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Natural resources

Natural resources (land, water, biodiversity and genetic resources, biomass resources, forests, livestock and fisheries)—the very foundation of human survival, progress, and prosperity, have been degrading fast, and the unprecedented pace of their erosion is one of the root causes of the agrarian crisis that the country is facing. The demographic and socio-economic pressures notwithstanding, the unmindful agricultural intensification, overuse of marginal lands, imbalanced use of fertilizers, organic matter depletion and deteriorating soil health, extensive diversion of prime agricultural lands to non-agricultural uses, misuse and inefficient use of irrigation water, depleting aquifers, salinization of fertile lands and water logging, deforestation, biodiversity loss and genetic erosion, and climate change are the main underlying causes.


In India, natural resources are the pre-eminent source of rural livelihoods especially for the rural community. Agriculture provides livelihoods to a majority of people who also depend on land and water and forest resources to rear livestock and collect fuel and a wide range of products for consumption and trade. Natural resources are also the primary buffers for rural people. Above all, the food and water security of the entire nation depends on natural resources. Thus, an improved, more equitable, and sustainable management of natural resources not only makes for a sound strategy to remove rural poverty and enhance rural livelihoods, but is also an imperative for national security.


Government of India identified certain issues most directly affecting agriculture and farm-based livelihoods in rain-fed regions, namely, the management of land and rainwater. About 60 per cent of our agriculture is rain fed and much of it is in the undulating, hilly, and mountainous regions. There has been little public investment in the rain-fed region, leading to widespread resource degradation, low productivity, and mass poverty. Developing rain-fed regions calls for husbandry of rainwater and land as the terrain inhibits widespread irrigation. Being labour intensive, such activities would create large-scale employment for unskilled workers in the short run and enhance productivity, food security, and livelihoods perpetually.


Enhancing incomes of landless poor through livelihoods activities, it is estimated that nearly 27 per cent of the total population of the country, comprising about 300 million rural people, depend partly or completely on forests for livelihood. Non-timber forest products contribute to about 20 per cent to 40 per cent of the annual income of forest dwellers who are mostly disadvantaged and landless communities with a dominant tribal population. About 270 million tonnes of fuel wood, 280 million tonnes of fodder, over 12 million cubic metre of timber, and countless non-timber forest products are removed from forests annually. Forests meet nearly 40 per cent of the energy needs of the country, of which more than 80 per cent is utilized in rural areas, mainly through removal from forests by head load or otherwise.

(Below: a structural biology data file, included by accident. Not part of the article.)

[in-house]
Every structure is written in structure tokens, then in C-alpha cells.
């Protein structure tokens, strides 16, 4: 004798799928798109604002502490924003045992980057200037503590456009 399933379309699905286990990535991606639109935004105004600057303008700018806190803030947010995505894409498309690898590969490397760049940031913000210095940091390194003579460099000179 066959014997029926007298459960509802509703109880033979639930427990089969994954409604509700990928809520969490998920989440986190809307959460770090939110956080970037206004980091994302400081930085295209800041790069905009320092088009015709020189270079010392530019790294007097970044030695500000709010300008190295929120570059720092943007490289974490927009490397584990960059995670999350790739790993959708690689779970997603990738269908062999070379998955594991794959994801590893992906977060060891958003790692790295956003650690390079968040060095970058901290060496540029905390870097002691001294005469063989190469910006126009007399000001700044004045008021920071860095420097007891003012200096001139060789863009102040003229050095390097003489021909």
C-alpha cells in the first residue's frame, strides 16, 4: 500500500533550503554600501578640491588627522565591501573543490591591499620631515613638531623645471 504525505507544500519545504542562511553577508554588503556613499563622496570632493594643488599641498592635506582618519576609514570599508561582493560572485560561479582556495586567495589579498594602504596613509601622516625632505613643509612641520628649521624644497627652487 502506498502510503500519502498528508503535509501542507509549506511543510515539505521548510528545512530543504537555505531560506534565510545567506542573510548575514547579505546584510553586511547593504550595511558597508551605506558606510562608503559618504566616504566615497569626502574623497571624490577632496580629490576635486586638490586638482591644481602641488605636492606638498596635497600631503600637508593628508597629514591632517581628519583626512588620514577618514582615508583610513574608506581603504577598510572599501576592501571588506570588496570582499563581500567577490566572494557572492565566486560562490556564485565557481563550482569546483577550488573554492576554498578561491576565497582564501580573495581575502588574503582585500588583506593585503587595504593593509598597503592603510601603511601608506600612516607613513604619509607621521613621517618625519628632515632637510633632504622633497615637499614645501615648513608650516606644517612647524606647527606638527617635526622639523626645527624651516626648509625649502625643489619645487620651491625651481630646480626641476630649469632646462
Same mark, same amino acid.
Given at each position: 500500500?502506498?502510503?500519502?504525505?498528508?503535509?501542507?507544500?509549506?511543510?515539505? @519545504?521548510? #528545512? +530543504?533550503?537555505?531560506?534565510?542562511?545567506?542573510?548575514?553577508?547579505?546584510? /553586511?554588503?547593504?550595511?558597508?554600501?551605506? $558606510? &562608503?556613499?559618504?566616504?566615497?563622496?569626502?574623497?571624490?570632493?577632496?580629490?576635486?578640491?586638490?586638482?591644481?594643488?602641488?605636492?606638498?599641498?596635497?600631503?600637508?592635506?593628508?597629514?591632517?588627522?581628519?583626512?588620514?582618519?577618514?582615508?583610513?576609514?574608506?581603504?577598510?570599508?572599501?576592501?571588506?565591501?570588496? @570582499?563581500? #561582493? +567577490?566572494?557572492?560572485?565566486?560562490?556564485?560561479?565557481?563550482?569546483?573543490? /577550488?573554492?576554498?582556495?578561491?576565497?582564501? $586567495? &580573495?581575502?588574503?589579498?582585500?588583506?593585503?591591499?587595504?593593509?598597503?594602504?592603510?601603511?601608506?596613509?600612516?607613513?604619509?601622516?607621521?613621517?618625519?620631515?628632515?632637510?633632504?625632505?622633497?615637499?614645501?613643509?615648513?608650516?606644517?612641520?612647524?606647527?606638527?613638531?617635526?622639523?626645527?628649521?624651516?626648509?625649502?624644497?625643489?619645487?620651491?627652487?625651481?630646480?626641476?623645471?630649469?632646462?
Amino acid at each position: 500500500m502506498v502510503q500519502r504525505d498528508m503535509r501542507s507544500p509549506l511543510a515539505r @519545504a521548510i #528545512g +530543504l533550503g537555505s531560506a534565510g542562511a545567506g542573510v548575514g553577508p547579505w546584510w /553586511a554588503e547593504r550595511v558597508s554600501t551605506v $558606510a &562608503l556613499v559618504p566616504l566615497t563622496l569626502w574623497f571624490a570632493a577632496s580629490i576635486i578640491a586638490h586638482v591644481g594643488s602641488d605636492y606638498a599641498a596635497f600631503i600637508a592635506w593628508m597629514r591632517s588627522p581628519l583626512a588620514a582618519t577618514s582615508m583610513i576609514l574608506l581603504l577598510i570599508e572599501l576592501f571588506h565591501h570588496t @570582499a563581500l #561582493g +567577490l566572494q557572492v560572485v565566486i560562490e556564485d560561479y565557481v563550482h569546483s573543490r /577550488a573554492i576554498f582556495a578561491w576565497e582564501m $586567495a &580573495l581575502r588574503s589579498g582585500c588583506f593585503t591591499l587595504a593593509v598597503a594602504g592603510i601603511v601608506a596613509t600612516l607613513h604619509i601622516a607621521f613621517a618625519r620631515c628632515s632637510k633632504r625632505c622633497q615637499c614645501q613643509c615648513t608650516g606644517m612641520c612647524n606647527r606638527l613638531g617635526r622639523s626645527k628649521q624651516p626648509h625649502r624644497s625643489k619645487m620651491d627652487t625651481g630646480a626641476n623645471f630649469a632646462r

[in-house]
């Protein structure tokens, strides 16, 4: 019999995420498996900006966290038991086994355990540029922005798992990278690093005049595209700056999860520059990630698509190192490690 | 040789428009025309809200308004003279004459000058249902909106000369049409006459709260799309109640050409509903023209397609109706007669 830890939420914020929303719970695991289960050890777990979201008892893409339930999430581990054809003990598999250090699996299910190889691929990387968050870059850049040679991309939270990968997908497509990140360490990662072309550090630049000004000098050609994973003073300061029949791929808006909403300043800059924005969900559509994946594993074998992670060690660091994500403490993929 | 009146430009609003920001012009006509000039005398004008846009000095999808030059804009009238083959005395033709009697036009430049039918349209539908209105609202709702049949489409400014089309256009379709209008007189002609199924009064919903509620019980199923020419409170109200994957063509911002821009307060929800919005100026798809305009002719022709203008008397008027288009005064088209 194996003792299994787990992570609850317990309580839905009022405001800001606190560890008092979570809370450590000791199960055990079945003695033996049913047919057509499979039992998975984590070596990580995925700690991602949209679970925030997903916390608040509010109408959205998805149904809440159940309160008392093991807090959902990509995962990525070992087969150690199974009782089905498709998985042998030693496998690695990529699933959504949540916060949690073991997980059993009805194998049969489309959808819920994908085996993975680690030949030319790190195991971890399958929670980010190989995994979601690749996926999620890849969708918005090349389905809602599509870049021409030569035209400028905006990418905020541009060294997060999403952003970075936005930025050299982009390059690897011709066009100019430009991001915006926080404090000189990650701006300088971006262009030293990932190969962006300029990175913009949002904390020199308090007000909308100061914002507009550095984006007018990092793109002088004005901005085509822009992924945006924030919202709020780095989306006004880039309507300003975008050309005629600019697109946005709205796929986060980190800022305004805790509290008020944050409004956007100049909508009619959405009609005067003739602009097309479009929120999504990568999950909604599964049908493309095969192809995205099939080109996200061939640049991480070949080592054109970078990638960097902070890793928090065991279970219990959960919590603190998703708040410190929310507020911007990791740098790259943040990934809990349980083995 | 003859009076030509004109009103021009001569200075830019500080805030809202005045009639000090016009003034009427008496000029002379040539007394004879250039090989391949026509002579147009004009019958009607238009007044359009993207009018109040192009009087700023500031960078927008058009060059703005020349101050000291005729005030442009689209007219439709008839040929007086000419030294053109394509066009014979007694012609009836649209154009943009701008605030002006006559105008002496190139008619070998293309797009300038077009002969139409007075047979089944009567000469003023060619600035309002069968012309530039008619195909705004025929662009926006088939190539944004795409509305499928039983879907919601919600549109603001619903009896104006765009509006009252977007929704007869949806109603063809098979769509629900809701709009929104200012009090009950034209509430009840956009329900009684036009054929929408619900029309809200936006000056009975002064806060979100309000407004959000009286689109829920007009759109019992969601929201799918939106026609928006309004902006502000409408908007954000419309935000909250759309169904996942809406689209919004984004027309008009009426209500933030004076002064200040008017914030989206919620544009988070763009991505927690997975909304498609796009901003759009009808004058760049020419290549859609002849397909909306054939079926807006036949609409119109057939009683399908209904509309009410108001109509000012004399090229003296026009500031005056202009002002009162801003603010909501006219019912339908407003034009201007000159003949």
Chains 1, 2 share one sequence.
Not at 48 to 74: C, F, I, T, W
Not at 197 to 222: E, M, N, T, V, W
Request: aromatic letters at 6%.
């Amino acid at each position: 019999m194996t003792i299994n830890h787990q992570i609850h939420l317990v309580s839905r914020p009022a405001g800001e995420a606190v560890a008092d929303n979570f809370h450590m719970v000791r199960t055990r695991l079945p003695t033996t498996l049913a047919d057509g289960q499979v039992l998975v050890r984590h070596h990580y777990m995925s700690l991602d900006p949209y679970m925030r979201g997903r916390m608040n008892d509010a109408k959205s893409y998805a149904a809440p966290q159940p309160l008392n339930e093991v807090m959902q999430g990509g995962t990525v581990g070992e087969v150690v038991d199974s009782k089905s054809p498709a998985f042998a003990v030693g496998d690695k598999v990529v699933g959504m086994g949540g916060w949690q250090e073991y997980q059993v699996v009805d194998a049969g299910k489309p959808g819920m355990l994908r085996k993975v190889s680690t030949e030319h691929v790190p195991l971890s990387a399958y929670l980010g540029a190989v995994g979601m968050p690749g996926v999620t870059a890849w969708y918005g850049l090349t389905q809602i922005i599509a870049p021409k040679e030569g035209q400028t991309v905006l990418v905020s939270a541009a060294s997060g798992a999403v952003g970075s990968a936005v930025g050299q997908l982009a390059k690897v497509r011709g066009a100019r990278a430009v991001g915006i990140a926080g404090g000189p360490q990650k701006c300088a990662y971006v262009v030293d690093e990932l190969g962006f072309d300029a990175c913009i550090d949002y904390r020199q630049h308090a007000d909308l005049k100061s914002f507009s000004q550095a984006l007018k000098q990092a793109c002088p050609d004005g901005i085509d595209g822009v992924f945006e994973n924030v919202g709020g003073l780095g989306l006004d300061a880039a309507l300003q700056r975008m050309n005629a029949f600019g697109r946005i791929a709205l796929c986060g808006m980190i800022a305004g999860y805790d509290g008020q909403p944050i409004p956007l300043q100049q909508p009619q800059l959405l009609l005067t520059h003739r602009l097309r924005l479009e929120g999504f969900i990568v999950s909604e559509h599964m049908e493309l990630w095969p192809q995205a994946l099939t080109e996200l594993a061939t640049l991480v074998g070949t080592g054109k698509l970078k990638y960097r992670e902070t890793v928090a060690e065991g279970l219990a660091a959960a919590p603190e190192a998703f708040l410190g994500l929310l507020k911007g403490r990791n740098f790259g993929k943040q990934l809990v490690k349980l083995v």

The sector, however, faces serious biotic stress. With 2.4 per cent of world’s geographical area, India at present is supporting 16 per cent of global human population and 18 per cent of cattle population. The per capita forest in India is dismally low at 0.06 ha, as compared to world average of 0.64 ha. The Ministry of Environment and Forest’s report on India State of Forest, 2009 has indicated that unsustainable withdrawals of fuel wood, timber, and fodder from forest areas is causing degradation of forests in India as gap in demand and supply of fuel wood alone is about 86 million tonnes. Two million ha of forest areas are subjected to shifting cultivation; annual diversion of forests under Forest (Conservation) Act 1980 is about 25,000 ha per annum besides honey-combing of forests due to encroachments and recognition of forest dwellers’ rights on the principle of ‘As is where is’.


The forestry sector has emerged as an important component in strategy for mitigation and adaptation of climate change at national as well as global level. India is signatory to major international conventions, including both legally binding and non-legal instruments. There is a need for a more systematic, dynamic, and futuristic approach to international negotiations and programmes. This would require capacity of personnel for ensuring better negotiating skills and strengthening of institutions dealing with natural resource management in a coordinated manner to promote effective compliance, enforcement, and monitoring of international commitments.